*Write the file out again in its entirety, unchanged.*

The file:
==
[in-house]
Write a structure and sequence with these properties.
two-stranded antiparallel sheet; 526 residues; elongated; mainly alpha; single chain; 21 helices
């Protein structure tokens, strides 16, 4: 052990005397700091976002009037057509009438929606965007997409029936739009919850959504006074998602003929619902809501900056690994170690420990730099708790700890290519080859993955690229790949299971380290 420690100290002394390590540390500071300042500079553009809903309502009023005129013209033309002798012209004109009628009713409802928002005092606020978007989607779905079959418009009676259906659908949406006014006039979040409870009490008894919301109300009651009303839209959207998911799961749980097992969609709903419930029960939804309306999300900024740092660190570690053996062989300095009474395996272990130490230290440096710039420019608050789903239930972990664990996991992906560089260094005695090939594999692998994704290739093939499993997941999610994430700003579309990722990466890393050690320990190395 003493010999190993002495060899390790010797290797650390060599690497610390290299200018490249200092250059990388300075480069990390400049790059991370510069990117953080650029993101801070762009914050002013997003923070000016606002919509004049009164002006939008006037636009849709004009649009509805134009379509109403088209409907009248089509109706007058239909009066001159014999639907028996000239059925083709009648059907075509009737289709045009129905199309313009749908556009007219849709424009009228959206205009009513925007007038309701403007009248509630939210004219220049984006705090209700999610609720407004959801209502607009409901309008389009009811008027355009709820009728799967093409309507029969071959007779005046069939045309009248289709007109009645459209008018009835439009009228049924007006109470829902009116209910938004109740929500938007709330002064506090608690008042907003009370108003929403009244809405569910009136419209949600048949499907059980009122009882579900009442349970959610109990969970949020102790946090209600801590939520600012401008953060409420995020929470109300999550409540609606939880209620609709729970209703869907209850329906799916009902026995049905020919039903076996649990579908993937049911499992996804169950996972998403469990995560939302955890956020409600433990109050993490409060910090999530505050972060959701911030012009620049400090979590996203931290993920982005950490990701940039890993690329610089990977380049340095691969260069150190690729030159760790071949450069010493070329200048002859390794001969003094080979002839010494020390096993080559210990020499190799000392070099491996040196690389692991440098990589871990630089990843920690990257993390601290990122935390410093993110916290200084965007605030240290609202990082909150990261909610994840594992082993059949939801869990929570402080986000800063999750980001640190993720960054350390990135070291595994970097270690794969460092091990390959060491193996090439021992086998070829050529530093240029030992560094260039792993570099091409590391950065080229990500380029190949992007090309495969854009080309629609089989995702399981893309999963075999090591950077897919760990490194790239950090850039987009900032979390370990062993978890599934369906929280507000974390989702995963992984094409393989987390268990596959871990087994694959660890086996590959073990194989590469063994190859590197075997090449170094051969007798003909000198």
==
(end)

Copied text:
[in-house]
Write a structure and sequence with these properties.
two-stranded antiparallel sheet; 526 residues; elongated; mainly alpha; single chain; 21 helices
């Protein structure tokens, strides 16, 4: 052990005397700091976002009037057509009438929606965007997409029936739009919850959504006074998602003929619902809501900056690994170690420990730099708790700890290519080859993955690229790949299971380290 420690100290002394390590540390500071300042500079553009809903309502009023005129013209033309002798012209004109009628009713409802928002005092606020978007989607779905079959418009009676259906659908949406006014006039979040409870009490008894919301109300009651009303839209959207998911799961749980097992969609709903419930029960939804309306999300900024740092660190570690053996062989300095009474395996272990130490230290440096710039420019608050789903239930972990664990996991992906560089260094005695090939594999692998994704290739093939499993997941999610994430700003579309990722990466890393050690320990190395 003493010999190993002495060899390790010797290797650390060599690497610390290299200018490249200092250059990388300075480069990390400049790059991370510069990117953080650029993101801070762009914050002013997003923070000016606002919509004049009164002006939008006037636009849709004009649009509805134009379509109403088209409907009248089509109706007058239909009066001159014999639907028996000239059925083709009648059907075509009737289709045009129905199309313009749908556009007219849709424009009228959206205009009513925007007038309701403007009248509630939210004219220049984006705090209700999610609720407004959801209502607009409901309008389009009811008027355009709820009728799967093409309507029969071959007779005046069939045309009248289709007109009645459209008018009835439009009228049924007006109470829902009116209910938004109740929500938007709330002064506090608690008042907003009370108003929403009244809405569910009136419209949600048949499907059980009122009882579900009442349970959610109990969970949020102790946090209600801590939520600012401008953060409420995020929470109300999550409540609606939880209620609709729970209703869907209850329906799916009902026995049905020919039903076996649990579908993937049911499992996804169950996972998403469990995560939302955890956020409600433990109050993490409060910090999530505050972060959701911030012009620049400090979590996203931290993920982005950490990701940039890993690329610089990977380049340095691969260069150190690729030159760790071949450069010493070329200048002859390794001969003094080979002839010494020390096993080559210990020499190799000392070099491996040196690389692991440098990589871990630089990843920690990257993390601290990122935390410093993110916290200084965007605030240290609202990082909150990261909610994840594992082993059949939801869990929570402080986000800063999750980001640190993720960054350390990135070291595994970097270690794969460092091990390959060491193996090439021992086998070829050529530093240029030992560094260039792993570099091409590391950065080229990500380029190949992007090309495969854009080309629609089989995702399981893309999963075999090591950077897919760990490194790239950090850039987009900032979390370990062993978890599934369906929280507000974390989702995963992984094409393989987390268990596959871990087994694959660890086996590959073990194989590469063994190859590197075997090449170094051969007798003909000198």